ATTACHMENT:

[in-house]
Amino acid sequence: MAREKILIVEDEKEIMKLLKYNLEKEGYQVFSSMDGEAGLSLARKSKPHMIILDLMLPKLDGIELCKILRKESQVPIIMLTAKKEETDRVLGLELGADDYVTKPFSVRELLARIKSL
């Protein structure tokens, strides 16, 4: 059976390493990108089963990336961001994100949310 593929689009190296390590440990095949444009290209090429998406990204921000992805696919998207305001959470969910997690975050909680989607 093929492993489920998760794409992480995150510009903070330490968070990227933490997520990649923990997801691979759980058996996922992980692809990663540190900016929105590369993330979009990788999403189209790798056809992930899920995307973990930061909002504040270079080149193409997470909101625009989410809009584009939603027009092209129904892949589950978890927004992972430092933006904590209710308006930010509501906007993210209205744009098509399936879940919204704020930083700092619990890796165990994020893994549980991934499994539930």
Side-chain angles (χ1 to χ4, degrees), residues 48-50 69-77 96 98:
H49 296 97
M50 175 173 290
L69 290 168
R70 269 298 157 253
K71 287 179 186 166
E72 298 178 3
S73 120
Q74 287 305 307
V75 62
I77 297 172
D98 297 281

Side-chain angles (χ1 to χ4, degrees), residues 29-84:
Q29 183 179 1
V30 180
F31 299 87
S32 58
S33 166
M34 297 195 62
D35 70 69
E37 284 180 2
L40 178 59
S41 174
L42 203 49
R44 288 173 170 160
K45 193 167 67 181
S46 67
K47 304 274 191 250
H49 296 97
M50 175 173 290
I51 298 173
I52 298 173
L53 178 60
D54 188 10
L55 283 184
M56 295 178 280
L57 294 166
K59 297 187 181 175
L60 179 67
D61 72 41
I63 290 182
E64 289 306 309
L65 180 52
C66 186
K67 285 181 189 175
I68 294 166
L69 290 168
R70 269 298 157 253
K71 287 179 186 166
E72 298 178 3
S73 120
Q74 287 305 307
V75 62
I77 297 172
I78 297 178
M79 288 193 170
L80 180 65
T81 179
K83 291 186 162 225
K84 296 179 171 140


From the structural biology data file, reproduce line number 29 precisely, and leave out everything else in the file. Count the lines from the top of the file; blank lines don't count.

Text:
K45 193 167 67 181